To participate, visit themichigancatholic.com/subscribe; or call Carlen at (313) 224-8002. Already a subscriber? We still need your help to evangelize those in need! Take the Live Your Best Lent Evangelization Challenge and purchase two subscriptions for those in need. Any way you do it, help us to Unleash the Gospel and #LiveYourBestLent!

Tell The Michigan Catholic how you’re living yhour best Lent by sending jus your stories and photos.  Email editor@themichigancatholic.com or post to Twitter, Facebook or Instagram #LiveYourBestLent.




Here are some of the submissions we’ve received so far:

I asked myself the same question I do every Lent, “Ah…What will I give up for Lent THIS year?” I have decided that I will give up nothing. That’s right, nothing. Instead I have asked Our Lord to place someone in my path each day that needs a kindness. And hopefully by the end of 40 days of doing a random act of kindness, it will become second nature to me. We are into Day 5 of Lent and my prayer has been answered every single day … and some days more than one needy soul is put in my path!

—Uva Gosine


Ana Lampertius, a fifth-grade student who is now homeschooled, volunteers March 2 at the soup kitchen with her grandfather, Bob Lampertius, and her mother, Marguerite Lampertius. Ana is pictured here with Marilyn, who runs the soup kitchen. Ana loves the new earrings from Marilyn and calls her “Tia Marilyn” because they have become such good friends. Volunteering at the soup kitchen is a blessing to #LiveYourBestLent because Jesus lives right in the hearts of each person who comes to the soup kitchen. You can see Him in their eyes, kindness, humility and gratitude. (Courtesy of Marguerite Lampertius)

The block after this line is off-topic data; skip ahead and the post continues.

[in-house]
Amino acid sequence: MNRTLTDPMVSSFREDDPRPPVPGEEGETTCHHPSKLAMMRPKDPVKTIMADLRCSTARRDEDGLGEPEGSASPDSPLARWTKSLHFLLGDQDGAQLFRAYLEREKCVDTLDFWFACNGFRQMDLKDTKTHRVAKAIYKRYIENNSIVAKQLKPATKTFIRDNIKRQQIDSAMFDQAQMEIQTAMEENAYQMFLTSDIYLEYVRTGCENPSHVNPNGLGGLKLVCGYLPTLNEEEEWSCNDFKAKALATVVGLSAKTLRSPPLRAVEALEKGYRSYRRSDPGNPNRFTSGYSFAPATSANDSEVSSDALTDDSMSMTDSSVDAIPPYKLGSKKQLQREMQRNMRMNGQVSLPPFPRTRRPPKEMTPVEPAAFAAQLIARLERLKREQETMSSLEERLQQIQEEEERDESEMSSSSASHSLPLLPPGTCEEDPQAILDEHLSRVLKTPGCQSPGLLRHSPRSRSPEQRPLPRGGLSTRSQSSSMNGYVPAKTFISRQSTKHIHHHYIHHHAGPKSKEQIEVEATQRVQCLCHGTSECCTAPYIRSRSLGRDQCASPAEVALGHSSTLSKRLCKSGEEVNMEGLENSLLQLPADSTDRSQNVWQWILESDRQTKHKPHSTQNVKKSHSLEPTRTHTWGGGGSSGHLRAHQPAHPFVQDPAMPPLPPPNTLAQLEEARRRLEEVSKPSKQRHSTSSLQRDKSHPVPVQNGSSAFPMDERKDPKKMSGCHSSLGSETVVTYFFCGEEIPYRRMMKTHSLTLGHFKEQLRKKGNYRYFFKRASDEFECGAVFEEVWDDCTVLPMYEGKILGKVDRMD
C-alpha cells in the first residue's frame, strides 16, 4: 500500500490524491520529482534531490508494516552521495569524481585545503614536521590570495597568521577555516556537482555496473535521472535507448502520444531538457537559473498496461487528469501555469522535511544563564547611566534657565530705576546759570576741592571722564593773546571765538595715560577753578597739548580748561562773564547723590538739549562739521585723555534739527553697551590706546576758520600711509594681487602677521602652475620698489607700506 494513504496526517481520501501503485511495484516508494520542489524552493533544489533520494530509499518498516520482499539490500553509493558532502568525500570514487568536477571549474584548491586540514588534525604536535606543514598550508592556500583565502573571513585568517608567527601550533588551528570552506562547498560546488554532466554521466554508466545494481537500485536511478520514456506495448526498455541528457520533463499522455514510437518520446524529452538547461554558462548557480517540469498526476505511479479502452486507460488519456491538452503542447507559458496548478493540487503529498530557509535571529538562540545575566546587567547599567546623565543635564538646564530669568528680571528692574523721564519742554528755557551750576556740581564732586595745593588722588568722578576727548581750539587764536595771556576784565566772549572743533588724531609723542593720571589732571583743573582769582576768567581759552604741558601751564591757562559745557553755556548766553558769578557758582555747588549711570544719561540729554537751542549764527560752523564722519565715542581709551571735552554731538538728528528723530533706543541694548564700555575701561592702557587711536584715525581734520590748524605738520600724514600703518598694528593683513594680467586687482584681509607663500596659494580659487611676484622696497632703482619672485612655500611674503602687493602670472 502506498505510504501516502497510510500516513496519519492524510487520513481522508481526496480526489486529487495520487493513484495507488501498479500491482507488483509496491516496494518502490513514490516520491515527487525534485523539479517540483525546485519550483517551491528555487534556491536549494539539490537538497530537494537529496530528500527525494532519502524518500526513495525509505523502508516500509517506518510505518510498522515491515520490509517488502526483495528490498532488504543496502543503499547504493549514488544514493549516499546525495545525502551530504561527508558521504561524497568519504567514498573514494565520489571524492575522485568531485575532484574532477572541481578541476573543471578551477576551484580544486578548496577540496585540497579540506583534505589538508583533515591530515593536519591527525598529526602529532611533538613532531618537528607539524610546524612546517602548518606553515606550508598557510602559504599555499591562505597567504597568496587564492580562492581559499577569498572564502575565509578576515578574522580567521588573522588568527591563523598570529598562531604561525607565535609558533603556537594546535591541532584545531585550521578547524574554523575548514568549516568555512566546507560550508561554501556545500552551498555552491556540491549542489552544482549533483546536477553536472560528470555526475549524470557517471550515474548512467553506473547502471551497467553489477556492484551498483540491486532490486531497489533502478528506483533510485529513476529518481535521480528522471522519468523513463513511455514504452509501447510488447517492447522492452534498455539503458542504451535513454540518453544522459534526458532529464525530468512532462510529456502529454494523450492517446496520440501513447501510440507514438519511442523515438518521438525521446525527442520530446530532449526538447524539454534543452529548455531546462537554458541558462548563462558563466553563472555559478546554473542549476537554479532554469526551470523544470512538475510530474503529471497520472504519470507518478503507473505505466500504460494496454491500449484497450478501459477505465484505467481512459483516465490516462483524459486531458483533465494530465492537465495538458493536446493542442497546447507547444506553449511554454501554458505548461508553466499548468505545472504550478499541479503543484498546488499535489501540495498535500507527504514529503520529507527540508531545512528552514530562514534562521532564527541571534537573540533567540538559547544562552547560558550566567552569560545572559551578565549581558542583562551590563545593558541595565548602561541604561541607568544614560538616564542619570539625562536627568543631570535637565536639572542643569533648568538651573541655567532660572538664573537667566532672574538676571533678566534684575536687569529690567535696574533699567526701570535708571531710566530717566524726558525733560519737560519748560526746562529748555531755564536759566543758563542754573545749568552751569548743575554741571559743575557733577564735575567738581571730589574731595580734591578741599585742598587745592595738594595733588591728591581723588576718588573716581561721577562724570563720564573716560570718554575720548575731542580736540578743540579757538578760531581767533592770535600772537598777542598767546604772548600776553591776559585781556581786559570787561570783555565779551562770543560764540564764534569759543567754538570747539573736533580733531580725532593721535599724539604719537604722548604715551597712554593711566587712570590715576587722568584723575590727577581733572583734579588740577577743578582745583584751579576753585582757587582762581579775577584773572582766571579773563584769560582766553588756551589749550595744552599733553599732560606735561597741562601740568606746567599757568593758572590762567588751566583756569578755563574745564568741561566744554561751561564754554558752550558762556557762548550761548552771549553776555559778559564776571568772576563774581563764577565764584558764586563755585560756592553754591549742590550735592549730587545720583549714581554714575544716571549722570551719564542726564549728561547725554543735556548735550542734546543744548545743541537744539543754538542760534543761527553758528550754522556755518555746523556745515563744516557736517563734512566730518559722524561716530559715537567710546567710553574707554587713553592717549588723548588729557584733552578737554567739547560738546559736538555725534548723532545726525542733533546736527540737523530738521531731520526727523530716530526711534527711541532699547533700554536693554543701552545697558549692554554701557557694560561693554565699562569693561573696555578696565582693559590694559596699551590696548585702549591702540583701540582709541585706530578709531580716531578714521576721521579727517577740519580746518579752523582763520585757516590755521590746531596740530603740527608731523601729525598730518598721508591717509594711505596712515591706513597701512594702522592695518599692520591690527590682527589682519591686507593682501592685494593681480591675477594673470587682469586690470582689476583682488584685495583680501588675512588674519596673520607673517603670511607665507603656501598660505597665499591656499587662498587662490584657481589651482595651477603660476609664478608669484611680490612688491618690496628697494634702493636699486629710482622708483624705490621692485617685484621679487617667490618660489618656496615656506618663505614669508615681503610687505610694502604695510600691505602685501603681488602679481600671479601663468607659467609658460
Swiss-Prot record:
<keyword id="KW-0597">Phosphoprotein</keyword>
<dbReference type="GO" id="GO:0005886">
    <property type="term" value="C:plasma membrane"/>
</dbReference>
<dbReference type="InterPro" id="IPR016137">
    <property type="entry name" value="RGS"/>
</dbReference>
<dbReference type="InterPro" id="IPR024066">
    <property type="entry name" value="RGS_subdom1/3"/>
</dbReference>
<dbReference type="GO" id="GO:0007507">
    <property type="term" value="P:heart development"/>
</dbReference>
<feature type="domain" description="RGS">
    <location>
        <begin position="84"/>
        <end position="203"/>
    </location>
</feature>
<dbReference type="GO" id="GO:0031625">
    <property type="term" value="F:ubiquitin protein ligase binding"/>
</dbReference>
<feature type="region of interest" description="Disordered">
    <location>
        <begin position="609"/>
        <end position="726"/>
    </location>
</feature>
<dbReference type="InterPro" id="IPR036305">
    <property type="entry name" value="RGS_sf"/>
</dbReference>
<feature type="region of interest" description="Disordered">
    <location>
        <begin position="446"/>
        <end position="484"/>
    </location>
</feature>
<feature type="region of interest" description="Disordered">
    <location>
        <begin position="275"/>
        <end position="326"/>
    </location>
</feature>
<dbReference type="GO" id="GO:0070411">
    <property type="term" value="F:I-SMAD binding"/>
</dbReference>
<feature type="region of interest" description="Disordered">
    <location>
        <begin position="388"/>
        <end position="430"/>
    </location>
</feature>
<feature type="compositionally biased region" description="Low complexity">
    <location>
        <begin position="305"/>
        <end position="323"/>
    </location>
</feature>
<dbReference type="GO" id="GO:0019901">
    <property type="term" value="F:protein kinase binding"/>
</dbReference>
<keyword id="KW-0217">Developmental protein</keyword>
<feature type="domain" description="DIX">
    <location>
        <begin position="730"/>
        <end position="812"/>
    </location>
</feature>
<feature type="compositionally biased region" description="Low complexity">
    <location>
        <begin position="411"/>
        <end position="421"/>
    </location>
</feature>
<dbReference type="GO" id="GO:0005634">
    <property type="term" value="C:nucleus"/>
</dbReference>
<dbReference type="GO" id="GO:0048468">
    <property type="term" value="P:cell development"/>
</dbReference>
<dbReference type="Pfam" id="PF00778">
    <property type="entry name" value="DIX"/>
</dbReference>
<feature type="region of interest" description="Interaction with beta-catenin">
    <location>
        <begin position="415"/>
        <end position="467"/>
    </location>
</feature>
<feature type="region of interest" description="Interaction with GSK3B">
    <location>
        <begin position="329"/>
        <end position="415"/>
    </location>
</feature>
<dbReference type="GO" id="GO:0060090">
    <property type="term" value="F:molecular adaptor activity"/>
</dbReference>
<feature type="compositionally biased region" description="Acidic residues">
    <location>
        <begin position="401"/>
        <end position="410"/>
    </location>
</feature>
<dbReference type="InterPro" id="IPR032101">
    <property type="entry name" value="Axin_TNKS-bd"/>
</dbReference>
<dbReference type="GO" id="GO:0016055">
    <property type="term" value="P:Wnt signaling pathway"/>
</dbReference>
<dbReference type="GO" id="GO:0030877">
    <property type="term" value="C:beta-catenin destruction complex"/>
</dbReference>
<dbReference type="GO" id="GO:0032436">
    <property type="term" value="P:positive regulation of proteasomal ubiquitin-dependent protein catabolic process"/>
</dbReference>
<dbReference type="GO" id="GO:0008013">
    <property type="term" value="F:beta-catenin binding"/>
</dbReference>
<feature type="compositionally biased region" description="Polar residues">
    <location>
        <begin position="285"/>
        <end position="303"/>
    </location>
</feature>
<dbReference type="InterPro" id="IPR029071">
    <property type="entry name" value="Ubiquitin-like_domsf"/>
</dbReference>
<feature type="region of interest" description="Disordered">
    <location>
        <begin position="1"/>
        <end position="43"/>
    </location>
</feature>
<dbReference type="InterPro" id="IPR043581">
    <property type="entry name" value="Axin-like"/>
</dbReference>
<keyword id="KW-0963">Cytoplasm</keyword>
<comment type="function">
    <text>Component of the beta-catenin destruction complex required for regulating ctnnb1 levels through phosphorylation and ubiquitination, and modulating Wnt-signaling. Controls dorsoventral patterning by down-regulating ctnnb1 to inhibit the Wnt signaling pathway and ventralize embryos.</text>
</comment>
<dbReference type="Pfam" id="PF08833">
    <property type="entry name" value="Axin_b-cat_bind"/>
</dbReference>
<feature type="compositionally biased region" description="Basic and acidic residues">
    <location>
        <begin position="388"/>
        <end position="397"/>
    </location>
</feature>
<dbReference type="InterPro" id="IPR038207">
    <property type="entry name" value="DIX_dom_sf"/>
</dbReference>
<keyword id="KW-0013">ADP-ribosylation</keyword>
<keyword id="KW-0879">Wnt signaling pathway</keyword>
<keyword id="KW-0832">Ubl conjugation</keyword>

Every year I try to do something that brings not only me, but others, closer to God. Last year I wrote gratitude notes and letters to 40 people that made a difference in my life or who were examples of God’s love and grace throughout the years. This year I’ve decided to share my faith through my camera lens. I am posting a picture captured by my Canon DSLR that somehow is reflective of the readings, Gospel or Psalm for that particular day. My hope is that I can take the time each day to read the word of God, understand Scripture a little better and use a blessing that God gave to share it with others and reflect a bit more on a reading that perhaps they wouldn’t otherwise, myself included.

The website is www.tararevyn.com/40days